Free Art Licensing Q&A with J’net Smith, December 14
Posted by Rebecca Blake on November 29, 2016
J’net Smith of All Art Licensing is running her free Q&A on art licensing on December 14th. The session is open to designers, illustrators, cartoonists, and surface designers. Registrants can submit their questions in advance, and Smith typically covers 15-25 questions in each session. Because of the popularity of the sessions, participants are encouraged to register early to get their questions in the queue. Participants will also receive a free copy of Smith’s ebook, 20 Rules for Starting Your Art Licensing Business.
J’net Smith has contributed frequently to Guild resources. Most recently, she conducted a Guild webinar, “The New Art Licensing: Beyond the Basics,” which was well received this fall. She also extends a discount to Guild members on her licensing products and services. Currently, that discount is 25% off on all products and services, available for Guild members only through December 31st.
HOW Design Live: A Fun Pricing Game, and a Memorable Conference
Posted by Rebecca Blake on June 07, 2016
The Guild was invited to participate at HOW Design Live this past May, and decided to contribute a live version of our Pricing Game. For years, the Pricing Game has been one of our most popular webinars. Its advent was as a live event, created by the Boston Chapter of the Guild about 25 years ago, and continued annually by the New York Chapter for many years. (For the uninitiated, during the Game, the audience reviews the specs for actual design projects, and “bids” on what they would charge. Afterwards, the actual estimated and invoiced prices are revealed, and the designer’s pricing techniques are discussed.) While the format works as a webinar, the opportunity to bring it back live, with audience participation, was exciting.
For the HOW Design Live (HDL) Pricing Game, we solicited the work from three Guild members, all designers: Todd LeMieux (who is also our New England rep), Jonnie Bailey, and Peiro Salardi. Each contributed a beautiful piece of design – logo, brochure, and logo plus packaging, respectively – and more importantly, each had followed best practices in pricing and managing the project. The result was that the HDL Pricing Game attendees were treated to examples of beautiful work, as well as valuable insight into how competent professional designers conduct their business. The event was well received, in large part because the audience was so engaged in debating and defending their prices. A highlight was the heated (but polite) debate between “Mr. $500” and “Mr. $35,000”, who contested what the correct price for LeMieux’s logo design should be. (One was an independent designer working out of a small town, and the other worked in-house for a large branding agency – hence the huge pricing disrepency.)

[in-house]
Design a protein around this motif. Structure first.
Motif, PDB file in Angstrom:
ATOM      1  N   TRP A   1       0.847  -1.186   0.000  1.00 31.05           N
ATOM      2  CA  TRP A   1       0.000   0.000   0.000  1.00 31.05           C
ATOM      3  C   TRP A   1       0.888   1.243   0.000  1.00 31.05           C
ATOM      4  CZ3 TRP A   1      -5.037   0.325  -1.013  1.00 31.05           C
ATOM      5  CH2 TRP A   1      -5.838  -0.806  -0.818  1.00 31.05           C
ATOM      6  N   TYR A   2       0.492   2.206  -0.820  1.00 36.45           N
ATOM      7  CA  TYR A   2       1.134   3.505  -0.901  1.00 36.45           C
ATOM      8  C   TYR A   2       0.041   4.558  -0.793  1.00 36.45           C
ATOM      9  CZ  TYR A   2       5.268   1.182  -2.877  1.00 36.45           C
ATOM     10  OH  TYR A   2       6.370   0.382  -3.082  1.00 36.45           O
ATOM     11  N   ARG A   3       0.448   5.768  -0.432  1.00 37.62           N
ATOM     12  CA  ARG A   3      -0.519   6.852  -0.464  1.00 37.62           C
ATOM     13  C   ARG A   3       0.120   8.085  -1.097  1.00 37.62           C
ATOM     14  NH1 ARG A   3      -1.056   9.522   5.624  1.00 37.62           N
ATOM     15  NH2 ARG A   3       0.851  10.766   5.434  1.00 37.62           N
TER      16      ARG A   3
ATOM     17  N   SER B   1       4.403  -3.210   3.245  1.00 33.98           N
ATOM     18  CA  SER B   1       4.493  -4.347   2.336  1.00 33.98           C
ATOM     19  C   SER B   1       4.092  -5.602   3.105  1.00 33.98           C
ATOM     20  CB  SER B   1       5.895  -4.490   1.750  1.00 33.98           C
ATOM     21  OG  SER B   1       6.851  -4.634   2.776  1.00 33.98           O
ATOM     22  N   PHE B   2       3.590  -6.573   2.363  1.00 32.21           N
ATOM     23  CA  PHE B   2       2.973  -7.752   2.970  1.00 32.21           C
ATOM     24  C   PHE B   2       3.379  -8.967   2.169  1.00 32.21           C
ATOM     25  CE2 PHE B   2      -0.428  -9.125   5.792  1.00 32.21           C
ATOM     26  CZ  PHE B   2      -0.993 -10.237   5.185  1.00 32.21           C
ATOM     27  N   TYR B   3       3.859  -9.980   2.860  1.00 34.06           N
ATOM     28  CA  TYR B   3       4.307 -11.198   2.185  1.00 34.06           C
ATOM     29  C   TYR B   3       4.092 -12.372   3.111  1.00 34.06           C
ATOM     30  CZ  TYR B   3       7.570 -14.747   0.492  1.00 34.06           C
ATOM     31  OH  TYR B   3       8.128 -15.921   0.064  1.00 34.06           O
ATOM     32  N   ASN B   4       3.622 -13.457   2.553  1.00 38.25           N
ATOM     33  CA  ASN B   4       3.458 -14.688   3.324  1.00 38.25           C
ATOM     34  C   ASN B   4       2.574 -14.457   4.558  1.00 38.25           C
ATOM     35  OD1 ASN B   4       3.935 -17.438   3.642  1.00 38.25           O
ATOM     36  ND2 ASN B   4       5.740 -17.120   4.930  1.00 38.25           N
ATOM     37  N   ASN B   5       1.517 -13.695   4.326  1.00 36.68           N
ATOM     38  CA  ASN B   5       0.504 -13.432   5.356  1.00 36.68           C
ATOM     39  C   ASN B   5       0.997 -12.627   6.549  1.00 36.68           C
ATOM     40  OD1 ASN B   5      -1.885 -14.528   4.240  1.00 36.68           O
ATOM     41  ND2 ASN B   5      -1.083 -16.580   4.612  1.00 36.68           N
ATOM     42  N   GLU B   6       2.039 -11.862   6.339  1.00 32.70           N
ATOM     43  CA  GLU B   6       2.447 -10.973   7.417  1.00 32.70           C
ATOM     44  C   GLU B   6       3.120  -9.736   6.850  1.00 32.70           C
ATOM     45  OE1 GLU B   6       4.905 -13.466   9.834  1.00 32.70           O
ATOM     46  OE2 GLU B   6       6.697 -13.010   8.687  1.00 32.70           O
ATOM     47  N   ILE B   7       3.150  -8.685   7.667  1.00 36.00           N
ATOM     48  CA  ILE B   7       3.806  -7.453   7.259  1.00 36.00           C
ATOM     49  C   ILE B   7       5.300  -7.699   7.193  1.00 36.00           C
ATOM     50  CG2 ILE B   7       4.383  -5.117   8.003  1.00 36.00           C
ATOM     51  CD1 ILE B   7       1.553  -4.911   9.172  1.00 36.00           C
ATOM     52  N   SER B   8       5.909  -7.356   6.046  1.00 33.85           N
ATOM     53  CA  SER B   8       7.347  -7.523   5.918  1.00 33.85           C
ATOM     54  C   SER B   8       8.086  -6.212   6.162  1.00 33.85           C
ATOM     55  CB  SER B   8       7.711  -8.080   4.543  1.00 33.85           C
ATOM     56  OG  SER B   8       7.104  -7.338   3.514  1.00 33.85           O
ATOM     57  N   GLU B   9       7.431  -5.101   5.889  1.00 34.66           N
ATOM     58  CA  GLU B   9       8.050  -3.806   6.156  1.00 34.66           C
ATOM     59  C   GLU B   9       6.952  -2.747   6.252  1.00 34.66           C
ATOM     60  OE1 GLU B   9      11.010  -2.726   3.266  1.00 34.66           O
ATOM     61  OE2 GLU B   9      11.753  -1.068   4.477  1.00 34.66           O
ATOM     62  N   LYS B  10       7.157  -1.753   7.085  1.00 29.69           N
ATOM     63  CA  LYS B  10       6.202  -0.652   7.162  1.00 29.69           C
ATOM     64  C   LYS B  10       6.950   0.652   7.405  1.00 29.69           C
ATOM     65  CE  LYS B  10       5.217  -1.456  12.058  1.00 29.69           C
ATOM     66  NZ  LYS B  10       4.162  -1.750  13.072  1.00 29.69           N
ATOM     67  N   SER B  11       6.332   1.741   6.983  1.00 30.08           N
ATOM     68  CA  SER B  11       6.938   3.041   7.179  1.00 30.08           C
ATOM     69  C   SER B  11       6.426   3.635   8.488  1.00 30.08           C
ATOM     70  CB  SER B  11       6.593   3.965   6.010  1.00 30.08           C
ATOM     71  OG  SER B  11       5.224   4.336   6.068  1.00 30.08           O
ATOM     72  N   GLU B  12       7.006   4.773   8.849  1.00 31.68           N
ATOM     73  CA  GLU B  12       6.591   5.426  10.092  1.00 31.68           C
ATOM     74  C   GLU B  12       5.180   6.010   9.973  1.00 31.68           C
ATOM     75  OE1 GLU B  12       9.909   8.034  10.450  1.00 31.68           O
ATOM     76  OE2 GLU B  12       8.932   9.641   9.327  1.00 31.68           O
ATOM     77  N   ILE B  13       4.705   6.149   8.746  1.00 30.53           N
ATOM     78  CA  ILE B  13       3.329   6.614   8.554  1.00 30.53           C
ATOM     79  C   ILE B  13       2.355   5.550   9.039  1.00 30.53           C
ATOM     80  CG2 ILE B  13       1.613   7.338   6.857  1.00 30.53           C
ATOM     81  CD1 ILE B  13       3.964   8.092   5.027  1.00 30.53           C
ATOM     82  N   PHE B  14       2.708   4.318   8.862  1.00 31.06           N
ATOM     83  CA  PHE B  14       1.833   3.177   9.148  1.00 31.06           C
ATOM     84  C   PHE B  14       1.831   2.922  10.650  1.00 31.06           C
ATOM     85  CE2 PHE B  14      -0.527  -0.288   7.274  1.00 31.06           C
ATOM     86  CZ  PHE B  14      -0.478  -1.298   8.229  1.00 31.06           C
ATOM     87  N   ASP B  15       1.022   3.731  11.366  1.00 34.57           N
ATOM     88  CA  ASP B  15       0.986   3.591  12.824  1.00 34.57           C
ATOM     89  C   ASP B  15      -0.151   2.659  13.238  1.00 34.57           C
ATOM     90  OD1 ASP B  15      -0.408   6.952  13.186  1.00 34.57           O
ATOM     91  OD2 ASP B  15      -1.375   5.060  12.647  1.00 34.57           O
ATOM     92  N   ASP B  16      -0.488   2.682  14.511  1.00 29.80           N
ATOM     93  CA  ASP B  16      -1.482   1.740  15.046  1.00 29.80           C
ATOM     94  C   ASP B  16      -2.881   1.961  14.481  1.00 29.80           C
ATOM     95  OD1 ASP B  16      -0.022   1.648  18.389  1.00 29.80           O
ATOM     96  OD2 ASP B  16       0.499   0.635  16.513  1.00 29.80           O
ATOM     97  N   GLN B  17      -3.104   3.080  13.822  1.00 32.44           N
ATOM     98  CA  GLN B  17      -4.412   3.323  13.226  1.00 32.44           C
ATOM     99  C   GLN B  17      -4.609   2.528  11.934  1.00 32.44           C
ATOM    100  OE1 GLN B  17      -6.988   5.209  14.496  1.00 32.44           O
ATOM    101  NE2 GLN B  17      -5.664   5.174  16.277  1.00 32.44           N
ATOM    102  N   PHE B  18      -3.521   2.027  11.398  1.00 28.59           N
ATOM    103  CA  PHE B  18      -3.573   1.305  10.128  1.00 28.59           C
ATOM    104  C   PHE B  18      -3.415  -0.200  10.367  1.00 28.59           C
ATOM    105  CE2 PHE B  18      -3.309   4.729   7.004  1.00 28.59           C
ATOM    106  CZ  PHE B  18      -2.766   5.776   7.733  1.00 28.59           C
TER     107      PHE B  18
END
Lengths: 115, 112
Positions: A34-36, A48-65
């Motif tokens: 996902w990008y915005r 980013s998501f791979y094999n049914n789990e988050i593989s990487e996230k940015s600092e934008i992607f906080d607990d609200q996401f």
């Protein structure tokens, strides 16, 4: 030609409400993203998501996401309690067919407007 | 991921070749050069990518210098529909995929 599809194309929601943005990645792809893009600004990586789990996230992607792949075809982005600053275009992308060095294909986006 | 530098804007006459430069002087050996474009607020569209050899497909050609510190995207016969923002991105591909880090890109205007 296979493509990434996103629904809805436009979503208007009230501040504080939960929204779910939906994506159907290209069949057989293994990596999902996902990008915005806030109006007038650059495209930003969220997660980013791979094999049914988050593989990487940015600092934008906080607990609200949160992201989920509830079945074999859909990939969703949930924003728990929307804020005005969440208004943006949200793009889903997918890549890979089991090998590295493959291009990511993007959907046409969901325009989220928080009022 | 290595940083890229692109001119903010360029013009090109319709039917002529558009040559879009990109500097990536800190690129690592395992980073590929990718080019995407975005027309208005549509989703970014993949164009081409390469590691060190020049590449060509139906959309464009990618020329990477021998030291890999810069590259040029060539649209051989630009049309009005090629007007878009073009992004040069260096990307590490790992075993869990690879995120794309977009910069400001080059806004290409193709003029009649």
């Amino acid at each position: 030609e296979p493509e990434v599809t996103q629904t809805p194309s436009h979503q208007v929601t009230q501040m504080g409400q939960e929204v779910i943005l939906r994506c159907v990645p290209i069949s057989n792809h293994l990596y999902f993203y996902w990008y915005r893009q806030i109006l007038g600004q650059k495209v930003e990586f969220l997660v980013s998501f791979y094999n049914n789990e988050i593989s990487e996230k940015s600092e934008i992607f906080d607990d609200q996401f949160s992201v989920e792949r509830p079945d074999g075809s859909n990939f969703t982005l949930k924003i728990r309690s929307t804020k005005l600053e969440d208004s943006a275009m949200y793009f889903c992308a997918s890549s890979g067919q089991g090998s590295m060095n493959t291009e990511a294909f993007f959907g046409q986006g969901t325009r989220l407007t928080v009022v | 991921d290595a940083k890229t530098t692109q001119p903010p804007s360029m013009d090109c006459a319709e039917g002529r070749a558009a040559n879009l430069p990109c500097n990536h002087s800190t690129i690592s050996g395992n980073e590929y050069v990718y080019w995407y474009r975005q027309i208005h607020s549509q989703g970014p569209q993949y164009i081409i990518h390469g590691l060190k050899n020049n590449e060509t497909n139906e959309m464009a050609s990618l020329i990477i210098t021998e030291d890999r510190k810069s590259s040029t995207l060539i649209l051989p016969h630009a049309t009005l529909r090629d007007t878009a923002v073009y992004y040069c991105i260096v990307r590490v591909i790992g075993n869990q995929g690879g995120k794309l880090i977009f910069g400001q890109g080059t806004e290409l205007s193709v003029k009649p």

Below: Last minute prep (and hyperventilating) before the presentation on Sunday.
Overall, HOW Design Live was an inspiring conference. Presentations were organized into concurrent morning and afternoon sessions, with morning, noon, and evening keynote addresses. The organizers covered a wide base of topics, from very practical advice (such as our Pricing Game), to diversity, to entrepreneurial advice, to the purely creative and inspirational. The conference drew well-known speakers, such as Stefan Sagmeister, Chip Kidd, and Debbie Millman. Many of the presentations were memorable and unique, such as James Victore urging designers to celebrate their weirdness, Ellen Luna advising to let go of the “shoulds,” and Frederick Ost and Magnus Berg punctuating their gleefully obscene talk with live rock-and-roll.